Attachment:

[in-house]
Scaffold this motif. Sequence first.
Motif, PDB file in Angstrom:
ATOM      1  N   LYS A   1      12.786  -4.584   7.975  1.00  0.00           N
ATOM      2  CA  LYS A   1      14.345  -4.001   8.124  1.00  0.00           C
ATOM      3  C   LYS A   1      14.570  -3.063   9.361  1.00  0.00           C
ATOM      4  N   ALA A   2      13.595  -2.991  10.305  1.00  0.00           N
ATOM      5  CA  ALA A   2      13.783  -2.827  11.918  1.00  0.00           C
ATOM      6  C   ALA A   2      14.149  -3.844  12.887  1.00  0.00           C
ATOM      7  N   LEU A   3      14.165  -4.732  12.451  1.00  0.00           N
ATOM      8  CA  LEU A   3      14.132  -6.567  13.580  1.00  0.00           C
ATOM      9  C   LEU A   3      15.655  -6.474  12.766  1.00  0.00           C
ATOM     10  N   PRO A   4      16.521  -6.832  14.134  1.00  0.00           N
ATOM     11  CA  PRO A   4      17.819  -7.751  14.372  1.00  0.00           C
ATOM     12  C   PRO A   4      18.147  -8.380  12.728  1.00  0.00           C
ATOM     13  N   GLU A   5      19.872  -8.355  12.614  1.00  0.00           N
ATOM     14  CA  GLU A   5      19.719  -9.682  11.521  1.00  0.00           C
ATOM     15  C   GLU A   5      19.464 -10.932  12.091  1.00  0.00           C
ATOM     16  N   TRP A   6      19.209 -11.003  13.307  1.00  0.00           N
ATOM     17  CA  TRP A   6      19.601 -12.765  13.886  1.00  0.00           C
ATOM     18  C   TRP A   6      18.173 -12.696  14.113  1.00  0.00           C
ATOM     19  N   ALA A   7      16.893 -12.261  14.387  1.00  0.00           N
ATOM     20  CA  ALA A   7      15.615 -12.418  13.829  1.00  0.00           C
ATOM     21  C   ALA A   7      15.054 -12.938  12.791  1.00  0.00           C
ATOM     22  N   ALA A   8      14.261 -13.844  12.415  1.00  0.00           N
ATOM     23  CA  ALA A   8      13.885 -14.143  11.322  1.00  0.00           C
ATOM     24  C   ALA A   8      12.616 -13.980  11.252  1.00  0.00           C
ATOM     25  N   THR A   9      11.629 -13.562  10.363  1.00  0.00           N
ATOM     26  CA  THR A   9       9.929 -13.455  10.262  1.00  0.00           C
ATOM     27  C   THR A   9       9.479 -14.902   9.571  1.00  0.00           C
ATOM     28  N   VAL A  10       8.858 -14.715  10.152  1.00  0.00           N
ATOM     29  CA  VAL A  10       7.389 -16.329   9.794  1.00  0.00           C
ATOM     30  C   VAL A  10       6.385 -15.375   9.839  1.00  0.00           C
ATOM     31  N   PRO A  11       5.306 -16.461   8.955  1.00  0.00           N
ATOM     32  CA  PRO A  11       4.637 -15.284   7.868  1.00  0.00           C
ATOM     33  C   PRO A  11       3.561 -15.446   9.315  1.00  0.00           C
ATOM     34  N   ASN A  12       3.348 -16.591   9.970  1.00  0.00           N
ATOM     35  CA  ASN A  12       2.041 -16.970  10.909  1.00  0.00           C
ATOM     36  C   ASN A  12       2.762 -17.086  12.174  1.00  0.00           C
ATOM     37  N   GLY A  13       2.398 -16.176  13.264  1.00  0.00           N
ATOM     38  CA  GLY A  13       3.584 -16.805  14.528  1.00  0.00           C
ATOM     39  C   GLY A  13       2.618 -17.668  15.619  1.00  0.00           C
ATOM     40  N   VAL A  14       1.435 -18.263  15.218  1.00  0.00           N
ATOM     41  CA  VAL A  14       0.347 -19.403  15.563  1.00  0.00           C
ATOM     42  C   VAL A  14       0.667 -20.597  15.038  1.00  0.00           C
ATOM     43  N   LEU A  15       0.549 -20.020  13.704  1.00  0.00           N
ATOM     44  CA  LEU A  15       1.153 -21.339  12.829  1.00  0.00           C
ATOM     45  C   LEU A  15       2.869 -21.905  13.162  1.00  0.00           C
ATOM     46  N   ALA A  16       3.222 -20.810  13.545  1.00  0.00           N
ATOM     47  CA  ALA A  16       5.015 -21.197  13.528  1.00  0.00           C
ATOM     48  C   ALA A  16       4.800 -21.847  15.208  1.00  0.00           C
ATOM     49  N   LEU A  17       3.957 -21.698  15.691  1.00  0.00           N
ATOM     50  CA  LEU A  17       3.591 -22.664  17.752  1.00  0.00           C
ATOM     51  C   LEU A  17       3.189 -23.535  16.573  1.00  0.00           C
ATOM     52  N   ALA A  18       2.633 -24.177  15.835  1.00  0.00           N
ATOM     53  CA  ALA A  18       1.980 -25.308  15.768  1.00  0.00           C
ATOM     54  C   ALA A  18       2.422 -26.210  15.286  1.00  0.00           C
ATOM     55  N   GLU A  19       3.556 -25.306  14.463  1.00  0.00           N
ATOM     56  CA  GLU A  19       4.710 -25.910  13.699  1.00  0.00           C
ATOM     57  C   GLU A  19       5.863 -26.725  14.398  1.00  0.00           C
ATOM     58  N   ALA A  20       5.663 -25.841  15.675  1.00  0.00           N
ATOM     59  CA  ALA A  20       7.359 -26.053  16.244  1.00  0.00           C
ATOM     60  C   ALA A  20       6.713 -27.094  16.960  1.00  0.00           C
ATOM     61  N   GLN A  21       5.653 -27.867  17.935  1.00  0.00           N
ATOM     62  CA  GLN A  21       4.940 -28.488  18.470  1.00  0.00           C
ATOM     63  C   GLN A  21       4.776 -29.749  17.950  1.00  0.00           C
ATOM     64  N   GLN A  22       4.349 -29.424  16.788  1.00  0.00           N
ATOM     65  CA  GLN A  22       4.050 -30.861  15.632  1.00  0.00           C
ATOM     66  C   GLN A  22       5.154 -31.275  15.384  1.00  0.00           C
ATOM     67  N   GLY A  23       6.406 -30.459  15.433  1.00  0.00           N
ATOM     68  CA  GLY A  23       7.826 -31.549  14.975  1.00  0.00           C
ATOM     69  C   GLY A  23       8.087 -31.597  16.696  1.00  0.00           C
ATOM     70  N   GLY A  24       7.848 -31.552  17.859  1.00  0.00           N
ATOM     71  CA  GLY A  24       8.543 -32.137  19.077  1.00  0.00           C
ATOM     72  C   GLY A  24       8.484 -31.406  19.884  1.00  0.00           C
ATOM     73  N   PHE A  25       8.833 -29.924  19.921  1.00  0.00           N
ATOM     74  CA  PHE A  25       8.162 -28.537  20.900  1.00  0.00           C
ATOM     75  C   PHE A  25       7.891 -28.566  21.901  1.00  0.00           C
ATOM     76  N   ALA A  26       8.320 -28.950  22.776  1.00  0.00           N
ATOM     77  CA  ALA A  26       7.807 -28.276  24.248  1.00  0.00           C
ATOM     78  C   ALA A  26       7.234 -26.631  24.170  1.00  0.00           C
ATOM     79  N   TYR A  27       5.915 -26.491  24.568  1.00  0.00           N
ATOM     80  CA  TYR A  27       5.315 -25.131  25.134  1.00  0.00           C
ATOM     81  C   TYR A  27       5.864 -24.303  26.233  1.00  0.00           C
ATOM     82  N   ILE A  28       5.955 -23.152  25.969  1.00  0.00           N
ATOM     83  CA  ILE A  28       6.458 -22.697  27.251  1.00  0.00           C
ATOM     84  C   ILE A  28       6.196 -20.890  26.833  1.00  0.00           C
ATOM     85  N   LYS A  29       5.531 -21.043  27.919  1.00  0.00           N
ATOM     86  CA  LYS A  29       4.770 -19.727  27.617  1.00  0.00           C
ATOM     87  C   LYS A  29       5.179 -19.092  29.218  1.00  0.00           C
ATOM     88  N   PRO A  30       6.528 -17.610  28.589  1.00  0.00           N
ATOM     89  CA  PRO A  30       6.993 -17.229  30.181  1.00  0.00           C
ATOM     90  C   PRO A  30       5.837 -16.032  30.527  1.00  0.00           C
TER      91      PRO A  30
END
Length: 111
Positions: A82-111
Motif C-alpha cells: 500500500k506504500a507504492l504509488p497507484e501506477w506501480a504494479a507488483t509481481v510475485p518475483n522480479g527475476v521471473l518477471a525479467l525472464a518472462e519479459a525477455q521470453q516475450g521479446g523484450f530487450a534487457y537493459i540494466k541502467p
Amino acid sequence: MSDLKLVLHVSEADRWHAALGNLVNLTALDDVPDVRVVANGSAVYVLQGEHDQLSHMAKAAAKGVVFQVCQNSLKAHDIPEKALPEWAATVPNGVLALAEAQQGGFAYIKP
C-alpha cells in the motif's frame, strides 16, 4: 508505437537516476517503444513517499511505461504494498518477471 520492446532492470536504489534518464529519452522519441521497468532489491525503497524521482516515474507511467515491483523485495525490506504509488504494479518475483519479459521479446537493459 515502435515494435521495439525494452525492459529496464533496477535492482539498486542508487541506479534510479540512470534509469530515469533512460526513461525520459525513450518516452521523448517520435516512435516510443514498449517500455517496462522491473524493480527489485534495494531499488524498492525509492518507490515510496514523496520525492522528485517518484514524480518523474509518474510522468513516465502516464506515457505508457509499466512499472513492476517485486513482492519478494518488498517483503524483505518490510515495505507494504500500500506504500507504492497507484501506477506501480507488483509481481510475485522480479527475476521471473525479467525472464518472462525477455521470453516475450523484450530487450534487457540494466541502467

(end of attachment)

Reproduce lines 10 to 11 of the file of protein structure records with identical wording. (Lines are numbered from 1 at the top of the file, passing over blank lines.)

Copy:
ATOM      7  N   LEU A   3      14.165  -4.732  12.451  1.00  0.00           N
ATOM      8  CA  LEU A   3      14.132  -6.567  13.580  1.00  0.00           C